You have this family who had spent its life trying to push back the darkness now being engulfed by this enraged Internet mob that ultimately destroyed Justine's life. I don't want to in any way make light of how foolish you have to be to post something like that on the Internet. I'm not trying to soften really anything about what she said. I think it was foolish and idiotic, but I don't know that it deserved death threats. I don't know that it deserved her having to move and hide for an extended period of her life. I don't think it involved this giant fallout for her family that occurred.

Really, one of the things that stuck out, not just about Justine's case but dozens of others, is that although in our justice system, public shaming is no longer part of our system, still the rule of the human heart is still our world, our hearts, we love to see others get punished. We love to watch them get punished. We want them to get punished. In fact, we live in a day and age in which outrage is all the rage. We're looking for something to be furious at. News outlets and people and blogs… It's built around that. What are we going to be enraged about today? What are we going to be frustrated about?

We live in a punishment-obsessed world. We want and the world wants people to be punished. A mistake made in the public sphere or maybe in what some people assume isn't the public sphere can very quickly turn into a type of pitchfork and burn somebody to the ground and destroy their lives. Really, what happens in this environment, on Twitter, on Facebook, on news outlets is we all participate in this fanning into flame division, anger, hate. We have no view.

We lose sight of the 30,000-foot view of people's lives and the fact that mistakes are often made, and there are repercussions from mistakes, but usually, generally, the punishment fits the crime. That day is gone, and we want, we desire, we participate in the dismantling of people's lives, the joining in of division and the fanning into flame hate, anger, division. There is something satisfying to the sinful human soul about these things, and yet, for the people of God, this should not be so.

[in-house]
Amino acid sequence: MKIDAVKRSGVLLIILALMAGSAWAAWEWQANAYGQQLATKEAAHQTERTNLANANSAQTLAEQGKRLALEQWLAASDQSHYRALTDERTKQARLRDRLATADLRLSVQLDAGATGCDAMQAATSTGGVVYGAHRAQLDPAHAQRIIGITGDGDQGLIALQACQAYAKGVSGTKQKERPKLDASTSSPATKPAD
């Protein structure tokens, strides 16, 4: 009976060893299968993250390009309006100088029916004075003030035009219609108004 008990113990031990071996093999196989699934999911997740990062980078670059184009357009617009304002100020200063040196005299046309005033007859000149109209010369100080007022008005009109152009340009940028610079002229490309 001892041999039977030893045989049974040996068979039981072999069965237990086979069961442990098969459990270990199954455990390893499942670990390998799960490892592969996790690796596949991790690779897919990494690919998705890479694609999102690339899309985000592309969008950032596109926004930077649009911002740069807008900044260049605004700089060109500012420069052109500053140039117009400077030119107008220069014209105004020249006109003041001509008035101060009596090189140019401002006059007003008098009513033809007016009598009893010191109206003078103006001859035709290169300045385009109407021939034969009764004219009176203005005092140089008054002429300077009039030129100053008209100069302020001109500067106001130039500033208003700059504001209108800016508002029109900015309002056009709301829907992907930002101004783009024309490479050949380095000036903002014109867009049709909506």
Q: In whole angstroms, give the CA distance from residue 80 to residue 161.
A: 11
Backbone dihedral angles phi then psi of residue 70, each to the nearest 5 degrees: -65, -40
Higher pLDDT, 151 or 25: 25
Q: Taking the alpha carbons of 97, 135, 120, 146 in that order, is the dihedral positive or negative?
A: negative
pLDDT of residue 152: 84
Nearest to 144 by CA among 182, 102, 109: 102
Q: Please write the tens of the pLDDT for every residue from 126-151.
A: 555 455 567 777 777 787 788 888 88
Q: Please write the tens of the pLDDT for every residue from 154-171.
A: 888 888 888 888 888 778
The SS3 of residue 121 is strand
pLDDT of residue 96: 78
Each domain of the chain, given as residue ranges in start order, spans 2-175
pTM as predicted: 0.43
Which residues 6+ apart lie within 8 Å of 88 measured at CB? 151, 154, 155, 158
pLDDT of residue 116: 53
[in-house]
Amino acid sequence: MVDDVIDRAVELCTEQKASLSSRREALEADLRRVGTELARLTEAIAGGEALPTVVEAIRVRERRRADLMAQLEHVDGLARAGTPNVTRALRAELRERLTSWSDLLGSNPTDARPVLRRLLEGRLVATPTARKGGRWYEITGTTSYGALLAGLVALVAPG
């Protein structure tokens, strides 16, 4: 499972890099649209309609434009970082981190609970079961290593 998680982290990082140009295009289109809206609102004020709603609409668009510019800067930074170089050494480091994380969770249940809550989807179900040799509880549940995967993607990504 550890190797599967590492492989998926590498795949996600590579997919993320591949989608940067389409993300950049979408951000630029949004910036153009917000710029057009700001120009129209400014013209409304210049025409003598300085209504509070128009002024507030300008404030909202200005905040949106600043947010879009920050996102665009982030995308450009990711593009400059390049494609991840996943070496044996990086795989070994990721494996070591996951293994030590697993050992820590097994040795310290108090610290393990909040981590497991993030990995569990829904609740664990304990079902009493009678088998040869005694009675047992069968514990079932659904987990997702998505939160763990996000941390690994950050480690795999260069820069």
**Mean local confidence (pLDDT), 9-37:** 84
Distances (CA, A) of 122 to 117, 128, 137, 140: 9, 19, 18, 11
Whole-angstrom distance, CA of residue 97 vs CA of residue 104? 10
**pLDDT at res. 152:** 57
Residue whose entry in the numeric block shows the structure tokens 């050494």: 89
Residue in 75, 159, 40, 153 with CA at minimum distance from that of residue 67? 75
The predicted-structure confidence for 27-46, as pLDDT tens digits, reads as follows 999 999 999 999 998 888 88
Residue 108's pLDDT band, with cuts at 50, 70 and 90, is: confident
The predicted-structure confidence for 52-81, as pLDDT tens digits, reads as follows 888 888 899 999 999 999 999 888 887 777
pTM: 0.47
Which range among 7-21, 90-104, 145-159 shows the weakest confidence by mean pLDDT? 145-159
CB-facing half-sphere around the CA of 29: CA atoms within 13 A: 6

It's no accident at all that "the forgiveness of sins" is connected to "the holy catholic church, the communion of saints." I said a couple of weeks ago that we're going to watch the Apostles' Creed take a turn. We've looked at the nature and character of God, that he is three-in-one, God the Father, God the Son, God the Holy Spirit. As we've unpacked that, now the creed has begun to turn. Now we're looking at how this plays itself out on the ground. Since this is God, what does that mean for us? What does that mean for our lives?

We're beginning to see it. Last week, we covered that we are part of the church universal, yet we're called to one another to commune with one another. We used Lan Leavell's phrase, "to marinate," to take on the flavor of one another, to become a people where we were once not a people. What we see happening now in the creed, as we have now said, "Okay, the Holy Spirit has come, created a people, and now the people become the platform by which the forgiveness of God is made visible.

I have two points in our time together. It's simple. First, God forgives. That's the first point. The second point is that the people of God, that communion of the saints that we talked about last week, becomes the platform on which the forgiveness of God is made visible to the world around us. With that said, we've been reading the creed together. This is week 11. We have one more week of the creed before we ease into Advent. We have to do this two more times. Will you stand with me as we read the creed together?

"I believe in God the Father Almighty, creator of heaven and earth, and in Jesus Christ, his only Son, our Lord, who was conceived by the Holy Spirit, born of the Virgin Mary, suffered under Pontius

Pilate, was crucified, dead, and buried. He descended into hell. The third day he rose again from the dead. He ascended into heaven and sits on the right hand of the Father Almighty, from whence he shall come to judge the living and the dead. I believe in the Holy Spirit, the holy catholic church, the communion of the saints, the forgiveness of sins, the resurrection of the body, and life everlasting. Amen."